South Dakota law unconstitutionally restricts core First Amendment speech, press rights
Alexandria, VA – The Institute for Free Speech yesterday filed a lawsuit in federal court saying that a South Dakota law regulating speech about ballot measures is unconstitutional. The Institute seeks to publish an objective analysis of two ballot measures – Constitutional Amendment W and Initiated Measure 24 – that the group says implicate First Amendment rights. But the Institute fears criminal prosecution under a recently adopted South Dakota law if it does so. The group is asking the court to strike the law down or clarify that it does not apply to the Institute’s analysis.
“If the First Amendment protects anything, it should protect speech about threats to the First Amendment. South Dakota’s sweeping regulation of speech about ballot measures strikes at our core values and violates constitutional rights,” said Institute for Free Speech Chairman and former Federal Election Commission Chairman Bradley A. Smith.
South Dakota law regulates any expenditure for any communication “concerning” a ballot measure. Nearly any speech about the topics of ballot questions might be regulated under such a vague standard. That means the law could apply far beyond ads advocating a measure’s defeat or approval, and may include publications such as the Institute’s analysis.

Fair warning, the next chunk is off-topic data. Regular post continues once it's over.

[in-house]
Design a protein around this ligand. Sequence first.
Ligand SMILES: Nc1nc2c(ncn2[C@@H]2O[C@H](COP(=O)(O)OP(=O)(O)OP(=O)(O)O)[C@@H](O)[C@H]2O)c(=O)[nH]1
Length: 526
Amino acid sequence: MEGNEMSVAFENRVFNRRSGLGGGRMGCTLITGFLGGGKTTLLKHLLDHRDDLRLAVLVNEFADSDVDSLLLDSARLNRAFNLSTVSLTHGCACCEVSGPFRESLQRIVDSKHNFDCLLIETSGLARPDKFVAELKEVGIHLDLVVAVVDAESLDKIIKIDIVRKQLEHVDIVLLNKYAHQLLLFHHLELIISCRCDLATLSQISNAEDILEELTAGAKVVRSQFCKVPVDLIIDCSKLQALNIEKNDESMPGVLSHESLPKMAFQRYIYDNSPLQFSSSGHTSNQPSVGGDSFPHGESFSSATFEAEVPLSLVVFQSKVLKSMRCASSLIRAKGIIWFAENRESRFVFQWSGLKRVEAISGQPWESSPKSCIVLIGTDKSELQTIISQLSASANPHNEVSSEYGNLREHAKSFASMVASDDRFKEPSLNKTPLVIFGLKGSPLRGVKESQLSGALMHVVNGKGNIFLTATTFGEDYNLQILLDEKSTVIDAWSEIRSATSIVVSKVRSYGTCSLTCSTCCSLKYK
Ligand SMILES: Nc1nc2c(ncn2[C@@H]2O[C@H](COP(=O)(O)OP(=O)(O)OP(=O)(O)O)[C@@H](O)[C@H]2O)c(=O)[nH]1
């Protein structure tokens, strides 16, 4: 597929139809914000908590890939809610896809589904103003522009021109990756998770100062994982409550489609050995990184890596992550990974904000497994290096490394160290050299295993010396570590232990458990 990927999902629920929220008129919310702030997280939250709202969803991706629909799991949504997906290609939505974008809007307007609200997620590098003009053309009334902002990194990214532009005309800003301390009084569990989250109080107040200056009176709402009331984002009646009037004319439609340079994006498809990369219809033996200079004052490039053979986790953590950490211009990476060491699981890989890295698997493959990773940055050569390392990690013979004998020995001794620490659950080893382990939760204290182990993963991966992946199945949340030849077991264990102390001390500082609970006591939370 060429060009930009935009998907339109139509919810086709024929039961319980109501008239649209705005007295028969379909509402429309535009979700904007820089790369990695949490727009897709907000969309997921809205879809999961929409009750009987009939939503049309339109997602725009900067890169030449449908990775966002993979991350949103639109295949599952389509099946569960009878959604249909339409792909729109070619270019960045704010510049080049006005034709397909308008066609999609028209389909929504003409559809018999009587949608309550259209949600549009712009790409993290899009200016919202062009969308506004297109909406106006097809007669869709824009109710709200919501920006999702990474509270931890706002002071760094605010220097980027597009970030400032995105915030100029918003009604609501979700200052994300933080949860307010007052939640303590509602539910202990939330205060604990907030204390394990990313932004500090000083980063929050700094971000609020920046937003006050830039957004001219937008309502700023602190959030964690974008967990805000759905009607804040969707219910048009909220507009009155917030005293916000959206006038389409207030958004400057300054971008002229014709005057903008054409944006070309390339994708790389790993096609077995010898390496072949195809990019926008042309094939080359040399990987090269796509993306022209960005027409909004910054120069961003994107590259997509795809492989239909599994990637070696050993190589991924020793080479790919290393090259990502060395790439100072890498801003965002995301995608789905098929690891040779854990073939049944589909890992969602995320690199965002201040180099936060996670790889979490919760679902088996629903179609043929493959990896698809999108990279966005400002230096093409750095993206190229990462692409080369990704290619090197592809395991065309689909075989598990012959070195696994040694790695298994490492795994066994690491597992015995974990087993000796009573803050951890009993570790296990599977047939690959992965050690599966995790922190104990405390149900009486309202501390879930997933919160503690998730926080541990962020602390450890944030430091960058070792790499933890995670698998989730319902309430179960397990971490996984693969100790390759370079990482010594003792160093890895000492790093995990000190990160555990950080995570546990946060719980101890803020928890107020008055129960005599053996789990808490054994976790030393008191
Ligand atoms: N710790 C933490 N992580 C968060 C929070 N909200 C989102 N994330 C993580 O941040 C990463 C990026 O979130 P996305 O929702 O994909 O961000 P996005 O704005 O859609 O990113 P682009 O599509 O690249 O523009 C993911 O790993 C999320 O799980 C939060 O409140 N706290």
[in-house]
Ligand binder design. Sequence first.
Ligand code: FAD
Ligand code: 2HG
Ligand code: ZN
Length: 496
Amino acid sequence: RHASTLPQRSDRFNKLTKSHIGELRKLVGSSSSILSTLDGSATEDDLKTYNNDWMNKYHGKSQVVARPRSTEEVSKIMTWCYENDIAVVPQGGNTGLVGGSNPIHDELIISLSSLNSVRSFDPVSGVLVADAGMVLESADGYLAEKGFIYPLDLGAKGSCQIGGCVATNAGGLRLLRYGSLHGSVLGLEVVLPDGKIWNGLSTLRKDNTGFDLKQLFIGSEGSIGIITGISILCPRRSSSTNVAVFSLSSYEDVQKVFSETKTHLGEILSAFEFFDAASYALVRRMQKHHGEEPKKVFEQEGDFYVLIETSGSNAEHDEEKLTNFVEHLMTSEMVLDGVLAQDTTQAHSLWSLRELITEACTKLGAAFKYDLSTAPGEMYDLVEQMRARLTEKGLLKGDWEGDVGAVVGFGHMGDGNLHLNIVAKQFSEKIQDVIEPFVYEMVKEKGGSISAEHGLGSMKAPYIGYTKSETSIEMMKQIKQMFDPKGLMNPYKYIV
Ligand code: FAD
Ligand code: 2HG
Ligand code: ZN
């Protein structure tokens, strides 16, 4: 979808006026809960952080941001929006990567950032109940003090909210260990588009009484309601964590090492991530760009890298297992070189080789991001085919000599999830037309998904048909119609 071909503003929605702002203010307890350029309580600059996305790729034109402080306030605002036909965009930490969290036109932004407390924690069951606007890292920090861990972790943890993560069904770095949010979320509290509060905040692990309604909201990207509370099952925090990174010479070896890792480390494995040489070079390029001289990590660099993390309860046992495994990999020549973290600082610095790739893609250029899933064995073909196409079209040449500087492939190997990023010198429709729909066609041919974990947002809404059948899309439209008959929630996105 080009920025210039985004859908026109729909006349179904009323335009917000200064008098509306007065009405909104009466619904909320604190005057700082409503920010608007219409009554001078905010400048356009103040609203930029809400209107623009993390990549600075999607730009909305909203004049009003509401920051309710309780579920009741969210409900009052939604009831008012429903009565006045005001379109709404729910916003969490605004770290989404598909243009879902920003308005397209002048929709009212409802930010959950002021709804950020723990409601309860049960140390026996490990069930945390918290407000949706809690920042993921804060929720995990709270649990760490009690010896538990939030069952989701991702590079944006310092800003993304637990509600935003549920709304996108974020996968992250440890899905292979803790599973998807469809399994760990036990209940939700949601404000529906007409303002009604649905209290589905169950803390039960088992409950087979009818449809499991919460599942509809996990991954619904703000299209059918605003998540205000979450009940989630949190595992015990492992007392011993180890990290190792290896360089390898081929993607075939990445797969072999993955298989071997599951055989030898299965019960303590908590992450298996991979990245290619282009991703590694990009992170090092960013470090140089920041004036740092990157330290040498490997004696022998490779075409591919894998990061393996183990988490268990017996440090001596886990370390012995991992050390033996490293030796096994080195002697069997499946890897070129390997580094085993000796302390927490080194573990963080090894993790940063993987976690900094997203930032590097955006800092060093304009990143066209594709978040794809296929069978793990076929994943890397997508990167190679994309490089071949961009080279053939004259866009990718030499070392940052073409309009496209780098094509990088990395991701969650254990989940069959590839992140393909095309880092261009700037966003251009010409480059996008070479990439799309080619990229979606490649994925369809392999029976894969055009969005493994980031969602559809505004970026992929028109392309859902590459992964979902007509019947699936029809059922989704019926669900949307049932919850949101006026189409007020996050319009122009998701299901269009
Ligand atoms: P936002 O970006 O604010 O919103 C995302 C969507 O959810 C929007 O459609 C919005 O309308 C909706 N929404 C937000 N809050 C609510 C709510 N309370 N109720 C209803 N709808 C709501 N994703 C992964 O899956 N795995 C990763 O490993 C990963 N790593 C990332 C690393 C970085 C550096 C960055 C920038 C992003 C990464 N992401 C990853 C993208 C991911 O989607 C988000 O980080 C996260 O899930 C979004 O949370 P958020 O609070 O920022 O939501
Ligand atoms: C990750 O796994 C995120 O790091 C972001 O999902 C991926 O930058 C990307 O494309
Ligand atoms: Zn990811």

“The Institute’s analysis is not a political ad in any sense of the term. But South Dakota’s law is so broad that it may even regulate lengthy, academic publications. In regulating so broadly, South Dakota has left the realm of campaign finance regulation and directly threatens Americans’ right to publish,” said Institute for Free Speech Legal Director Allen Dickerson.
The law imposes extensive reporting and disclaimer requirements on groups that speak about ballot measures. These include, but are not limited to, a requirement that the publication list the organization’s top contributors, even where those donors had no involvement with the regulated publication. This requirement exposes the identities of donors who would otherwise remain private under state and federal law.
Failure to comply with the law can result in prosecution and fines. Worse, South Dakota provides no way for groups to get advice from the state about the reach of the law. As a result, the Institute for Free Speech says it must turn to the courts to get its answer.
“The vagueness problem [in the law] is clear: government action unconstitutionally chills speech when it ‘blankets with uncertainty whatever may be said, compelling a speaker to hedge and trim,'” states the Institute’s request for a temporary restraining order.
The lawsuit asks the court to declare portions of the law unconstitutional and to clarify that the Institute’s analysis cannot be regulated by the South Dakota law.
The case, Institute for Free Speech v. Jackley, et al., is before the United States District Court for the District of South Dakota, Central Division. The Institute’s complaint is available here, and the request for a temporary restraining order is here. More information about the case is available here.
About the Institute for Free Speech
The Institute for Free Speech is a nonpartisan, nonprofit 501(c)(3) organization that promotes and defends the First Amendment rights to freely speak, assemble, publish, and petition the government. Originally known as the Center for Competitive Politics, it was founded in 2005 by Bradley A. Smith, a former Chairman of the Federal Election Commission. The Institute is the nation’s largest organization dedicated solely to protecting First Amendment political rights.